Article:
Since President Donald Trump's election, immigrants have anticipated harsher immigration enforcement, and last week brought the first wave of this crackdown as Immigration and Customs Enforcement (ICE) agents arrested hundreds of immigrants in a series of nationwide operations.
Reports circulated on social media and among immigrant advocates that ICE officials were making arrests. This week ICE reported that it had arrested 680 people in a dozen states. At least a third of those arrests took place in Southern states, including 87 in Georgia, 84 in North Carolina, 51 in Texas and 19 in South Carolina, as well as some in Kentucky.
Reports of federal immigration officials arresting immigrants were particularly widespread in Southern cities including Atlanta; Austin, Texas; and Charlotte, North Carolina. Advocates also reported hearing of enforcement actions taking place in states not mentioned by ICE, such as Florida and Virginia.
Rejecting the label of "raids" or "sweeps," ICE has called these actions "targeted enforcement operations" which it says are "routine" actions that have led to the arrests of immigrants with violent or otherwise serious criminal convictions. But national immigrant advocates say there is nothing routine about arrests that are separating families and creating widespread fear in communities. They also point out that ICE is rounding up even those without prior convictions or people who were not previously deportation priorities.
"The fact that it was done in the heart of the immigrant community, it put a lot of fear in people."
Charlotte was one of the first cities ICE targeted, especially areas of East Charlotte with a large immigrant population, said local immigration attorney Tin Nguyen. Citing clients' accounts and reports from community members, Nguyen described incidents of ICE agents in unmarked vehicles pulling over vehicles including construction vans, asking for ID, and taking fingerprints. Those in the vehicle who had a past criminal conviction or were identified as deportation priorities were arrested on the spot.
Nguyen said the way ICE carried out these enforcement actions raises serious concerns about racial profiling and violations of Fourth Amendment rights protecting against unreasonable search and seizure.
In the community, the visibility of these operations — some of them even taking place near elementary schools — has raised great alarm, said Oliver Merino with Comunidad Colectiva, Charlotte's newly formed network of organizers.
"The fact that it was done in the heart of the immigrant community, it put a lot of fear in people," Merino said.
ICE operations also took place last week in South Georgia and the Atlanta area, according to Adelina Nicholls of the Georgia Latino Alliance for Human Rights. As they did elsewhere, Nicholls said ICE agents also picked up people who were not necessarily targets with previous convictions or deportation orders if they happened to be undocumented and in the area — arrests which ICE has referred to as "collateral damage."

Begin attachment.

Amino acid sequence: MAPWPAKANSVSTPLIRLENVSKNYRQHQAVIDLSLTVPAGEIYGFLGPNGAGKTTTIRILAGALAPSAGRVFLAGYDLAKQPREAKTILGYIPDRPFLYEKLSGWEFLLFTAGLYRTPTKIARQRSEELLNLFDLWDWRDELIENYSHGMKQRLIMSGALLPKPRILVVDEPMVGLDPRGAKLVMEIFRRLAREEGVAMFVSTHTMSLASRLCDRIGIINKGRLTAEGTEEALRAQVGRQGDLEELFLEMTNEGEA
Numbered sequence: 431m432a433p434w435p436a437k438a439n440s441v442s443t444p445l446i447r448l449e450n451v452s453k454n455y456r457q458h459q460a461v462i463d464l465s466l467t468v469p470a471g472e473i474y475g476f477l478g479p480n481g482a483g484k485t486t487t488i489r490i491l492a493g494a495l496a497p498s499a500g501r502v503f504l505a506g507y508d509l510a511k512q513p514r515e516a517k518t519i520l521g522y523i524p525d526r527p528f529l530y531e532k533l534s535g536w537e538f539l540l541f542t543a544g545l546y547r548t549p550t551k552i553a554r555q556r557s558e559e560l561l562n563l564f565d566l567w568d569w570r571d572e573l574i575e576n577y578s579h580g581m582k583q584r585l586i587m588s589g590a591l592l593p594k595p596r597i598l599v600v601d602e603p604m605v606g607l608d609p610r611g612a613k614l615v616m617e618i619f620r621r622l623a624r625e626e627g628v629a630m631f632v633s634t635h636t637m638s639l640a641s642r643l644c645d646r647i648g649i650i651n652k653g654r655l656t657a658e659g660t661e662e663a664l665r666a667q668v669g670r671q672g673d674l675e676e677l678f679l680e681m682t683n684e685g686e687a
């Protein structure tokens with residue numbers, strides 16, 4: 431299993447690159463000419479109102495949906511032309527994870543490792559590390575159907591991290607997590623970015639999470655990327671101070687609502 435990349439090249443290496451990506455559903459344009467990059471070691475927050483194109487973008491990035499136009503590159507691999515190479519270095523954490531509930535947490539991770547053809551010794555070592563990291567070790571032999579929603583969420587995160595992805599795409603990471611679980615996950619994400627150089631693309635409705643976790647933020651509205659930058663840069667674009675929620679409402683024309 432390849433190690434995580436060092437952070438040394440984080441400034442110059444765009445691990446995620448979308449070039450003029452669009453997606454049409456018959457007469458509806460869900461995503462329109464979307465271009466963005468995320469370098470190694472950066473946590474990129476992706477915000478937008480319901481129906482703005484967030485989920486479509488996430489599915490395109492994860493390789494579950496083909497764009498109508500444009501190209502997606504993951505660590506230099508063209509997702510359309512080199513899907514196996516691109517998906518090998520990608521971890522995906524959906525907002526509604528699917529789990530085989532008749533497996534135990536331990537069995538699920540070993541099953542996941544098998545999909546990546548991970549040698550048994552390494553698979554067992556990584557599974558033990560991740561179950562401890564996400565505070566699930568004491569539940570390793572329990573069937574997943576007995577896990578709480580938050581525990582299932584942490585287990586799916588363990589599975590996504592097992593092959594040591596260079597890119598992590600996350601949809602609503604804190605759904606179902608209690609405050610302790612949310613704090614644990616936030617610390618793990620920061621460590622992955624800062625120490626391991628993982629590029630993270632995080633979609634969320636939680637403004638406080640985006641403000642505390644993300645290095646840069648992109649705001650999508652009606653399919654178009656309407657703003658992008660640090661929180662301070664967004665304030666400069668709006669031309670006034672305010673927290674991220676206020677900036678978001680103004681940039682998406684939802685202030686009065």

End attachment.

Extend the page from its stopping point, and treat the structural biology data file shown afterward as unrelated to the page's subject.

"They are calling it ‘collateral damage’ but for us, it's not collateral damage," Nicholls said. "It's people being impacted."
From fear to action
In the face of fear and threats, immigrant advocates are mobilizing communities to protect themselves and assert their rights.
In Austin, local organizers suspect stepped-up enforcement was retaliation against the city's moves towards becoming a sanctuary city and limiting local police involvement in immigration enforcement. Several groups advocating for those policies launched a "Sanctuary in the Streets" effort earlier this year to train U.S. citizen volunteers to take direct action when ICE shows up at their immigrant neighbor’s home, as the Guardian reported:
When agents arrive at the door, undocumented immigrants can call for help and one or more US citizens will quickly arrive to stand in front of the door, watching, challenging and filming law enforcement with the goal of ensuring constitutional rights are respected and encouraging a media spotlight.
Meanwhile, the Charlotte community has rallied around individuals detained in the raids, including a man from Cambodia known as "Curly" — a green card holder who was arrested at his home last week because of a 20-year-old burglary conviction. Nguyen, who is representing the man, was able to get him bond, and the community raised funds for his release. Curly came home on Feb. 15.
Merino and Comunidad Colectiva in Charlotte are also calling on city residents and local elected officials to protect immigrants.
"Charlotte has painted itself as a welcoming place for people," Merino said. "But in reality, people don't feel that welcomed in this city, especially when our city council, our mayor, haven't been very vocal in saying they will protect all of their residents including the undocumented folks that live here."
Comunidad Colectiva is joining groups across the state and country to organize a "Day Without Immigrants" strike on Feb. 16 as part of a nationwide effort encouraging immigrants to refuse to go to work, open their businesses, spend money or send their kids to school to show the impact immigrants have in their communities. In Charlotte, the day will be marked by a "Día sin inmigrantes (Day without immigrants)" rally condemning the recent ICE raids and calling on local leaders to stand with immigrants.
"[Through these actions] the city itself would understand and the people would understand that they need immigrants," Merino said. "And they need to come out and fight for them."